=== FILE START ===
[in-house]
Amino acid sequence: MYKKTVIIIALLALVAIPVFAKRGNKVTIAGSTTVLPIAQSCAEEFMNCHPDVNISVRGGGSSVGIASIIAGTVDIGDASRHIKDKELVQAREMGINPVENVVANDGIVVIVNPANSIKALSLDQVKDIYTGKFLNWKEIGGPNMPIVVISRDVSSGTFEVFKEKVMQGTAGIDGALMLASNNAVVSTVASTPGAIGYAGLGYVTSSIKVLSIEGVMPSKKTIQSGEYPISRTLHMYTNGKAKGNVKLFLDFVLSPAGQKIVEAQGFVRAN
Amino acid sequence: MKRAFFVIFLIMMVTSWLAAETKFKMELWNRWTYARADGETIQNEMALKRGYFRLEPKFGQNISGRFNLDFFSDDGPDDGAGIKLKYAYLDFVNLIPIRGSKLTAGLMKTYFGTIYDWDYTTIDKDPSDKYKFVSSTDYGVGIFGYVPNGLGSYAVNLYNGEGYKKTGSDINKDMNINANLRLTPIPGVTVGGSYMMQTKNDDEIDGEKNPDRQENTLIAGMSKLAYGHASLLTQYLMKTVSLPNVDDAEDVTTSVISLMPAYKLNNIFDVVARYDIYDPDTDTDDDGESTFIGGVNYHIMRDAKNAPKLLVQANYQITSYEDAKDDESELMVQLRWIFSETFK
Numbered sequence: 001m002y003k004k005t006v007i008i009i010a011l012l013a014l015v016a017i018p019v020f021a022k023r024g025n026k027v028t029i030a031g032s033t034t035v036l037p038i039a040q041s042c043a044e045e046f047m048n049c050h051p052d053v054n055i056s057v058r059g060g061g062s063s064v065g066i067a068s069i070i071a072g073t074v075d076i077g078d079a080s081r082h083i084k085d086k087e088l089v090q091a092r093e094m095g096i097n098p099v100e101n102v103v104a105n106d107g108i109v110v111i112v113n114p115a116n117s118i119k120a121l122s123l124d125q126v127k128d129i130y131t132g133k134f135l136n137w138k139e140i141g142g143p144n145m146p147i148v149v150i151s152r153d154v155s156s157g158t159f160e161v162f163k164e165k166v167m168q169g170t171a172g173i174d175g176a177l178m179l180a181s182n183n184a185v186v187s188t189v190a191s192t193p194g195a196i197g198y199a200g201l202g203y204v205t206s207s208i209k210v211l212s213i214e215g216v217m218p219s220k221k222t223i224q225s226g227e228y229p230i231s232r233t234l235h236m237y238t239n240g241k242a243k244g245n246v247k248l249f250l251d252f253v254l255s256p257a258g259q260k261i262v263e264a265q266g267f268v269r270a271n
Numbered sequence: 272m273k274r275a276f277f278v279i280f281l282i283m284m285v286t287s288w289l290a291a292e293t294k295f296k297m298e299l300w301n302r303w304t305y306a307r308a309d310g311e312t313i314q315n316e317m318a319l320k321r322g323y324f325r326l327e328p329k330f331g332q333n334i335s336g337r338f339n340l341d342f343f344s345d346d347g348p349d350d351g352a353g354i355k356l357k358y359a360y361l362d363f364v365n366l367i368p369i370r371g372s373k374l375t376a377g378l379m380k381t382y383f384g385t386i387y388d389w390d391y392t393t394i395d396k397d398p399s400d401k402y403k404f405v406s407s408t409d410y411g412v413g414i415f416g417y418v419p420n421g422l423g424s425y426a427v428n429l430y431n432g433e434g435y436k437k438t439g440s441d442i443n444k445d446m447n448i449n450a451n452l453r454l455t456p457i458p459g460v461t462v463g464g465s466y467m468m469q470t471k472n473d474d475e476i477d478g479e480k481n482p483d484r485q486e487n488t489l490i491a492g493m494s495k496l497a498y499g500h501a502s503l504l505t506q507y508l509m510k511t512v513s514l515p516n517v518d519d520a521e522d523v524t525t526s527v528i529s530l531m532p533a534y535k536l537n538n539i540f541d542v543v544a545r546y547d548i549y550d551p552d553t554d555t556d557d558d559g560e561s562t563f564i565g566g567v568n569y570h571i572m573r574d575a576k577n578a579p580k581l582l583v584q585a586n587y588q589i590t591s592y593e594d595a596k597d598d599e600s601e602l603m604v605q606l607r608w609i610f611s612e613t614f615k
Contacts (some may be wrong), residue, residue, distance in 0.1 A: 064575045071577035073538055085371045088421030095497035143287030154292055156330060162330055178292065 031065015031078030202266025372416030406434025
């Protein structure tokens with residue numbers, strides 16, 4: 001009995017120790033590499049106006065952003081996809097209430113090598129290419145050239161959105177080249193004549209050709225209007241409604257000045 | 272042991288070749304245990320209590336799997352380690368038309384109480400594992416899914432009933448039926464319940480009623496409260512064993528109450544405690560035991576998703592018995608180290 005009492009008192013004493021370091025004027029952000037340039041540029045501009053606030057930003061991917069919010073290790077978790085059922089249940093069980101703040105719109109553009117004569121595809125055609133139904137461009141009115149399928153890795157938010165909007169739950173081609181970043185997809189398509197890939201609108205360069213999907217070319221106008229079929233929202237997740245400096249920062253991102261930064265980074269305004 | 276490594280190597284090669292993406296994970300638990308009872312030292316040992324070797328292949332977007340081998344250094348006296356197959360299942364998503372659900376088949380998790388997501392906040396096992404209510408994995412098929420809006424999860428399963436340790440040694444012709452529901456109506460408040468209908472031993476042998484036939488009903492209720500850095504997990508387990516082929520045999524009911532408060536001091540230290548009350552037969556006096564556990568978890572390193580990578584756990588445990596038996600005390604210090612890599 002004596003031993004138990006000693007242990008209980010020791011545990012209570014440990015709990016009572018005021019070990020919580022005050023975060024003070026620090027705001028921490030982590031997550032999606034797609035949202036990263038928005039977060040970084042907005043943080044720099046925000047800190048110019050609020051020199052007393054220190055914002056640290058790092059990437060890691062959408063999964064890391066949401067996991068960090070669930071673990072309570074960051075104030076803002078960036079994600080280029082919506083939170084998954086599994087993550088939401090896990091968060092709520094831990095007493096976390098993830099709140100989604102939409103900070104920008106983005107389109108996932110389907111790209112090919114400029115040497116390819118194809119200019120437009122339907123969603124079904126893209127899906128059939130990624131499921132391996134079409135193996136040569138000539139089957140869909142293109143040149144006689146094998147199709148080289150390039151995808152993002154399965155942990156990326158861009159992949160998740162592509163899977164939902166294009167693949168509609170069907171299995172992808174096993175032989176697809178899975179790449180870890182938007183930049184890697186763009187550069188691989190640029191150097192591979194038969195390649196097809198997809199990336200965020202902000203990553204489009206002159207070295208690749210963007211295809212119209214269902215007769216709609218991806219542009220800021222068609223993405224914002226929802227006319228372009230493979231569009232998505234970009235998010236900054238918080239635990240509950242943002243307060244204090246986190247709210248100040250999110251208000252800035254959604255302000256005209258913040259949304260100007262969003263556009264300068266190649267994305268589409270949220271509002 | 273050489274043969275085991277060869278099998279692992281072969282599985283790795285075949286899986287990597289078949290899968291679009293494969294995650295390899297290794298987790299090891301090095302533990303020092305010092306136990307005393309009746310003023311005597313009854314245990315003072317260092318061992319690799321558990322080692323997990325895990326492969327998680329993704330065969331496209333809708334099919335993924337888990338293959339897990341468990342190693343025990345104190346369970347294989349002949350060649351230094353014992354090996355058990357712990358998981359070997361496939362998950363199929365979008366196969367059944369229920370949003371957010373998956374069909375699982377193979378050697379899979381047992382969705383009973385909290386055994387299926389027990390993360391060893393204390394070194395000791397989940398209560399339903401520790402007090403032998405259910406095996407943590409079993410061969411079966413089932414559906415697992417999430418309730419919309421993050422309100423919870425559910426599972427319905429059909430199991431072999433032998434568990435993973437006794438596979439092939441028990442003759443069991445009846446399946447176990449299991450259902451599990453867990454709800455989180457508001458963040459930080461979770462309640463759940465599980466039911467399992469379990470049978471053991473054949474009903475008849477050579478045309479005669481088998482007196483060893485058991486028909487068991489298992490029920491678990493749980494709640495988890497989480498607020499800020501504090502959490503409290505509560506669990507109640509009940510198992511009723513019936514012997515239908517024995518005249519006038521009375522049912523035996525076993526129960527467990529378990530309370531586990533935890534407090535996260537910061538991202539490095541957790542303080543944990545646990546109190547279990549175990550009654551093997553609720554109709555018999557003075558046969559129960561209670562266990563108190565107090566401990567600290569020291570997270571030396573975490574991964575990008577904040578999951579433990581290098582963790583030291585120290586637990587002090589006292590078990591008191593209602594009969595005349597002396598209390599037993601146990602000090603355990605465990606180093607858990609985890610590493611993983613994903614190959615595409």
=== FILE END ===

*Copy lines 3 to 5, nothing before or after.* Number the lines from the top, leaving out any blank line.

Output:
Amino acid sequence: MKRAFFVIFLIMMVTSWLAAETKFKMELWNRWTYARADGETIQNEMALKRGYFRLEPKFGQNISGRFNLDFFSDDGPDDGAGIKLKYAYLDFVNLIPIRGSKLTAGLMKTYFGTIYDWDYTTIDKDPSDKYKFVSSTDYGVGIFGYVPNGLGSYAVNLYNGEGYKKTGSDINKDMNINANLRLTPIPGVTVGGSYMMQTKNDDEIDGEKNPDRQENTLIAGMSKLAYGHASLLTQYLMKTVSLPNVDDAEDVTTSVISLMPAYKLNNIFDVVARYDIYDPDTDTDDDGESTFIGGVNYHIMRDAKNAPKLLVQANYQITSYEDAKDDESELMVQLRWIFSETFK
Numbered sequence: 001m002y003k004k005t006v007i008i009i010a011l012l013a014l015v016a017i018p019v020f021a022k023r024g025n026k027v028t029i030a031g032s033t034t035v036l037p038i039a040q041s042c043a044e045e046f047m048n049c050h051p052d053v054n055i056s057v058r059g060g061g062s063s064v065g066i067a068s069i070i071a072g073t074v075d076i077g078d079a080s081r082h083i084k085d086k087e088l089v090q091a092r093e094m095g096i097n098p099v100e101n102v103v104a105n106d107g108i109v110v111i112v113n114p115a116n117s118i119k120a121l122s123l124d125q126v127k128d129i130y131t132g133k134f135l136n137w138k139e140i141g142g143p144n145m146p147i148v149v150i151s152r153d154v155s156s157g158t159f160e161v162f163k164e165k166v167m168q169g170t171a172g173i174d175g176a177l178m179l180a181s182n183n184a185v186v187s188t189v190a191s192t193p194g195a196i197g198y199a200g201l202g203y204v205t206s207s208i209k210v211l212s213i214e215g216v217m218p219s220k221k222t223i224q225s226g227e228y229p230i231s232r233t234l235h236m237y238t239n240g241k242a243k244g245n246v247k248l249f250l251d252f253v254l255s256p257a258g259q260k261i262v263e264a265q266g267f268v269r270a271n
Numbered sequence: 272m273k274r275a276f277f278v279i280f281l282i283m284m285v286t287s288w289l290a291a292e293t294k295f296k297m298e299l300w301n302r303w304t305y306a307r308a309d310g311e312t313i314q315n316e317m318a319l320k321r322g323y324f325r326l327e328p329k330f331g332q333n334i335s336g337r338f339n340l341d342f343f344s345d346d347g348p349d350d351g352a353g354i355k356l357k358y359a360y361l362d363f364v365n366l367i368p369i370r371g372s373k374l375t376a377g378l379m380k381t382y383f384g385t386i387y388d389w390d391y392t393t394i395d396k397d398p399s400d401k402y403k404f405v406s407s408t409d410y411g412v413g414i415f416g417y418v419p420n421g422l423g424s425y426a427v428n429l430y431n432g433e434g435y436k437k438t439g440s441d442i443n444k445d446m447n448i449n450a451n452l453r454l455t456p457i458p459g460v461t462v463g464g465s466y467m468m469q470t471k472n473d474d475e476i477d478g479e480k481n482p483d484r485q486e487n488t489l490i491a492g493m494s495k496l497a498y499g500h501a502s503l504l505t506q507y508l509m510k511t512v513s514l515p516n517v518d519d520a521e522d523v524t525t526s527v528i529s530l531m532p533a534y535k536l537n538n539i540f541d542v543v544a545r546y547d548i549y550d551p552d553t554d555t556d557d558d559g560e561s562t563f564i565g566g567v568n569y570h571i572m573r574d575a576k577n578a579p580k581l582l583v584q585a586n587y588q589i590t591s592y593e594d595a596k597d598d599e600s601e602l603m604v605q606l607r608w609i610f611s612e613t614f615k